A Pine Bluff area reader posed a question by email Tuesday: “Did it ever occur to you (or, for that matter — most people) that a Mallard duck has more protection than a school kid? Hunters are limited to three shells in a gun when hunting ducks.”
It had not occurred to me, as I am not a duck hunter. But, gun control advocates who are duck hunters have used the observation in past discussions in the aftermath of mass shootings. Federal law places strict regulations on the types of firearms that can be used when hunting migratory birds. These rules have been in place since the 1930s. Duck hunters are only allowed to use a shotgun (10 gauge or smaller) that carries no more than three shells. If the shotgun carries more than three shells, the hunter is required to “plug” the gun so that only three shots can be fired before reloading.
Also Tuesday, but on the opposite end of the political spectrum, a Georgia lawmaker threatened to “kill any tax legislation that benefits Delta” after the airline joined several other companies in ending a discount program associated with the National Rifle Association. Delta ended its discount program after the school shooting in Florida that left 17 people dead.
Georgia’s Republican Lt. Gov. Casey Cagle, president of the state Senate, had been a champion of a proposal that would give the Atlanta-based carrier a sales-tax exemption on jet fuel, but he changed his mind after Delta ended its discount program.
“I will kill any tax legislation that benefits @Delta unless the company changes its position and fully reinstates its relationship with @NRA,” Cagle wrote on Twitter. “Corporations cannot attack conservatives and expect us not to fight back.”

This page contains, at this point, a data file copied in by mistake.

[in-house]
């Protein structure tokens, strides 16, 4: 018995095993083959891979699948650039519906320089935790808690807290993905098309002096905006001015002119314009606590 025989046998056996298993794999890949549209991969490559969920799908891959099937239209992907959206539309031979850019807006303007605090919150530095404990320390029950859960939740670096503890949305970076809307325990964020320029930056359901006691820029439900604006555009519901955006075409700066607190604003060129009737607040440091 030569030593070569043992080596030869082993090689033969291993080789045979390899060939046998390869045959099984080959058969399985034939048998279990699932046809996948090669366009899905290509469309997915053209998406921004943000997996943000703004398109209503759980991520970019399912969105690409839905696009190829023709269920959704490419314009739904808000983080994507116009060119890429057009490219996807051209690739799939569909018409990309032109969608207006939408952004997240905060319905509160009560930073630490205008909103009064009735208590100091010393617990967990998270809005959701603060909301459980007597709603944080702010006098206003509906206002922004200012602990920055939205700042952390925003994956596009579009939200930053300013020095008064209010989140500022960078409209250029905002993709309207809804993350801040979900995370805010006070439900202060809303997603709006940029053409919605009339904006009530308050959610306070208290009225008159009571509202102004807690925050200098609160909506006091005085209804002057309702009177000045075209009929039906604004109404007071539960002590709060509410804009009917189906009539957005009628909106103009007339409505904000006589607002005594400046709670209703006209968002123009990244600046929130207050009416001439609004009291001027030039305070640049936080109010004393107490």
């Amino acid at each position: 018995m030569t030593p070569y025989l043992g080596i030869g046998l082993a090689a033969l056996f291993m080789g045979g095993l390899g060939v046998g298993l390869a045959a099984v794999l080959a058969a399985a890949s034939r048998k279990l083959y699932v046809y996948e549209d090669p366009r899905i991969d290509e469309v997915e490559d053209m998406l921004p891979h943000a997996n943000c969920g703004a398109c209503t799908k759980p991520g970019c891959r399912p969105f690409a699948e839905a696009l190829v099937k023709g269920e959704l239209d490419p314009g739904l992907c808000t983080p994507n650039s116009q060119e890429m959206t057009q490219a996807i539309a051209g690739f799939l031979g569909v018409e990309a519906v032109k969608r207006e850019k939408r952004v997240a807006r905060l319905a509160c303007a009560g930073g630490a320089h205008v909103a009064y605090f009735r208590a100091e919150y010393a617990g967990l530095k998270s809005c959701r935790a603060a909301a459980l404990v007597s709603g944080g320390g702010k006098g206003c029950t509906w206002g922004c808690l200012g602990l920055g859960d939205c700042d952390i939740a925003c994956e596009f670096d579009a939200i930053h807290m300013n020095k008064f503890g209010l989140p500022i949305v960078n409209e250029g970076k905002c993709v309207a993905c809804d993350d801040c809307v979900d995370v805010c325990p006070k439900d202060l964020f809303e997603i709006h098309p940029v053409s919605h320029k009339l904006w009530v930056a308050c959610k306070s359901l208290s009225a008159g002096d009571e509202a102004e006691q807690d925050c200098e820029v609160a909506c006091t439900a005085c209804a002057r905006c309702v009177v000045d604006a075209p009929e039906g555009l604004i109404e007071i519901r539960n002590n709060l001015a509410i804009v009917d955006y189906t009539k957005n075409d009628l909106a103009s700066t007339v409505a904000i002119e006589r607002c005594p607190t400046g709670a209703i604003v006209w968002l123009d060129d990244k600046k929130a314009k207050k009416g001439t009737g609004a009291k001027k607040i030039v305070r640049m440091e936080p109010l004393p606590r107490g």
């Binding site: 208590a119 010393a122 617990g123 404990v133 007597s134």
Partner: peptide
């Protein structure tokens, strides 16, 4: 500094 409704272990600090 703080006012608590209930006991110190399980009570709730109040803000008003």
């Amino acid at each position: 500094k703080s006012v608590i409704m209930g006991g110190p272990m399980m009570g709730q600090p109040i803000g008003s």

True. But politicians cannot attack large corporations and expect them not to fight back. With 33,000 employees statewide, Delta is Georgia’s number one private employer, directly responsible for $43.5 billion in economic impact a year. I’m guessing if Delta decided to leave Georgia based on Cagle’s comments, the lieutenant governor’s political value would be worth the same as those NRA discounts.
Then Dick’s Sporting Goods announced several things pertaining to guns, most significantly that the chain would not sell assault-style rifles and wouldn’t sell to anyone under age 21. Walmart made a similar announcement.
President Trump approves of the age restriction and called for taking away guns from people who are deemed a threat, even if violates their due process rights: “Take the guns first, go through due process second.”
Of course, the NRA doesn’t agree with the age restriction but did support “no buy” measures two years ago for those on terror watch lists.
NRA spokeswoman Dana Loesch told CNN that increasing the age required to purchase firearms like that used in the recent Florida school shooting “is not going to solve psychosis.” NRA spokeswoman Jennifer Baker said: “Passing a law that makes it illegal for a 20-year-old to purchase a shotgun for hunting or adult single mother from purchasing the most effective self-defense rifle on the market punishes law-abiding citizens for the evil acts of criminals,” she said.
These points are true and they have served the NRA and its influence well for years. But we are living in different times. The people who can vote and go to war at age 18 today are the same ones who have lived through routine mass shootings. They may not mind being denied their rights to keep and bear arms until age 21, if they connect it with self-preservation.
Back to those migratory birds. The Mallard has managed to survive since protections were placed on it back in the 1930s. Perhaps today’s young people will make it as well.
Shea Wilson is the former managing editor of the El Dorado News-Times. Email her at email@example.com. Follow her on Twitter @SheaWilson7.